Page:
STAX. An Axion-like Particle Search with Microwave Photons
We discuss an improved detection scheme for a light-shining-through-wall (LSW) experiment for axion-like particle searches. We propose to use: gyrotrons or klystrons, which can provide extremely intense photon fluxes at frequencies around 30 GHz; transition-edge-sensors (TES) single photon detectors in this frequency domain, with efficiency ; high quality factor Fabry-Perot cavities in the microwave domain, both on the photon-axion conversion and photon regeneration sides. We compute that present laboratory exclusion limits on axion-like particles might be improved by at least four orders of magnitude for axion masses meV.
Axions  are between the most serious dark matter candidates. They are light neutral scalar or pseudoscalar bosons, with mass eVeV, coupled to the electromagnetic field via
In QCD axion models (DFSZ  and KSVZ ), the axion-photon coupling constant is directly related to ; thus, is the only free parameter of the theory. In axion-like particle (ALP) searches, the parameter space is extended: and are the free parameters .
Axions and ALPs experimental searches can be divided into two main categories: 1) Axions from astrophysical and cosmological sources; 2) Laboratory searches. In the former case, exclusion limits on the axion-photon coupling constant are provided by estimates of stellar-energy losses [4, 5], helioscopes [6, 7, 8] and haloscopes [6, 9]. In the latter case, limits on are given by photon polarization  and Light-Shining-Through-Wall (LSW) [6, 11, 12, 13, 14] experiments.
In this contribution, we will focus on LSW experiments. After a brief description of the standard LSW experimental apparatus, we will discuss how to improve present ALPs laboratory limits on by at least four orders of magnitude . We are willing to do this by using extremely intense photon fluxes from gyrotron sources at frequencies around 30 GHz, TES single photon detectors with efficiency , and high quality factor Fabry-Perot cavities in the microwave domain (), both on the photon-axion conversion and photon regeneration sides.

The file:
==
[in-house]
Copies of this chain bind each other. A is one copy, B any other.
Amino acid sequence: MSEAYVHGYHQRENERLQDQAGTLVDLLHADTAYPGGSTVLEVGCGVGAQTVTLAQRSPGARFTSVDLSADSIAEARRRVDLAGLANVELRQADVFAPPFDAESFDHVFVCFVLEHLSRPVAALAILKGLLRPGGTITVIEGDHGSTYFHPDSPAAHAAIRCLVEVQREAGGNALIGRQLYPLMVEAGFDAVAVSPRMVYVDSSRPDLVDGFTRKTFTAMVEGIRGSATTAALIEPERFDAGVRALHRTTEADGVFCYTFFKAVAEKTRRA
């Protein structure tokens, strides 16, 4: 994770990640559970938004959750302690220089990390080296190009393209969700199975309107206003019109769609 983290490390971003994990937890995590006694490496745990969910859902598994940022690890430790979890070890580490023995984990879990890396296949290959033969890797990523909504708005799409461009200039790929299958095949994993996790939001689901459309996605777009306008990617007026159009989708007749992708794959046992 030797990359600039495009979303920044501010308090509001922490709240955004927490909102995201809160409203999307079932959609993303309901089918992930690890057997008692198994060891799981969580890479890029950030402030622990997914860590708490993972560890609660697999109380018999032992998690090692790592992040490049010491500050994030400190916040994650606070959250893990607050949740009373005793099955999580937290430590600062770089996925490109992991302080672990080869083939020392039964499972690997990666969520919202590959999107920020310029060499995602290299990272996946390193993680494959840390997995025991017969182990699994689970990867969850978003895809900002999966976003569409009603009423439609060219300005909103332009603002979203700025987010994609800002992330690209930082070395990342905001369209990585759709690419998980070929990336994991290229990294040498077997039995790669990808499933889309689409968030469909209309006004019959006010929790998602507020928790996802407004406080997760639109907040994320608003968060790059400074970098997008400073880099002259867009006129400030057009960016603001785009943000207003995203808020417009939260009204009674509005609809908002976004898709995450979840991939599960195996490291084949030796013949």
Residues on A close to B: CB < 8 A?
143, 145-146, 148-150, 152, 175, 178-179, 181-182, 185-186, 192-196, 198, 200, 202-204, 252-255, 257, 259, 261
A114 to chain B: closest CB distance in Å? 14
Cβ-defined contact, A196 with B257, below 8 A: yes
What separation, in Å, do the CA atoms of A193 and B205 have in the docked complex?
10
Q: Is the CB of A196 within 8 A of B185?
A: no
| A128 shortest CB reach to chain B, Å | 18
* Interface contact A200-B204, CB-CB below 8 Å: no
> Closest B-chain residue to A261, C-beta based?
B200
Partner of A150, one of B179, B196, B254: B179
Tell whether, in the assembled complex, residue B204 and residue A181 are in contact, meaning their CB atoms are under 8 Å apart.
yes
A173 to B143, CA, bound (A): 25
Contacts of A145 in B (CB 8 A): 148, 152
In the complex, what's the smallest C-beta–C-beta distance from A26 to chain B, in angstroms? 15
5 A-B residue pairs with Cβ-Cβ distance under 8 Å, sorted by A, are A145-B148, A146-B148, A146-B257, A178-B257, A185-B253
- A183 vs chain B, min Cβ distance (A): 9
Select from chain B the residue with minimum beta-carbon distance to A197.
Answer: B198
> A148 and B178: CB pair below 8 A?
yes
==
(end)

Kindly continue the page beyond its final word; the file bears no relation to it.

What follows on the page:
2 LSW experiments
In a LSW experiment [6, 11, 12, 13, 14], a coherent photon beam traverses an intense magnetic field, . Here, some photons can convert into axions via the Primakoff effect. Photons exchange 3-momentum with , the energy is conserved. If the axis is chosen in the direction of the propagating photon beam, then the external magnetic is assumed to be uniform in the volume .
The photons which do not convert into axions are stopped by an optical barrier, “the wall”. while axions can cross the wall, due to their negligible cross-section with ordinary matter. On the other side of the wall there is a second magnetic field, which can convert axions back to photons. Reconverted photons may be detected via a single-photon detector.
In the limit, the photon to axion (axion to photon) conversion probability is given by 
where is the photon (axion) energy and the axion mass. In the limit , which is relevant for the STAX experiment, the previous expression for the conversion probability has to be regulated 
The photon-axion-photon rate reads
where [s] is the initial photon flux and the single-photon-detector efficiency. The rate can be increased by introducing a Fabry-Perot cavity in the magnetic field area before the wall by a factor of , which is the quality factor of the cavity. Moreover, as discussed in Ref. , the rate can be further increased with the addition of a second Fabry-Perot cavity in the magnetic field region beyond the wall. See Fig. 1.
3 STAX experimental configuration and calculated exclusion limits
The best laboratory limits for the axion-photon coupling constant have been provided by the ALPS Collaboration . The second stage of ALPS, ALPS-II , will improve the previous limits mainly by increasing the magnetic field length as well as introducing a second cavity in the magnetic field region behind the wall. ALPS-II configuration is very similar to that of Fig. 1, but in this case the photon flux is provided by an optical laser.
Our goal is to develop a new generation LSW experiment and improve the limits on by using sub-THz photon sources. Sub-THz sources, like gyrotrons and klystrons, can provide very high powers (up to 1 MW) at small photon frequencies, resulting in photon fluxes up to more intense than those from optical lasers, used in previous LSW experiments. We will also use high Q-factor Fabry-Perot cavities for microwave photons and single-photon detectors for light at these frequencies, with almost zero dark count, based on the (Transition-Edge-Sensor) TES technology. The TES detector will be coupled to an antenna and operated at temperatures mK.
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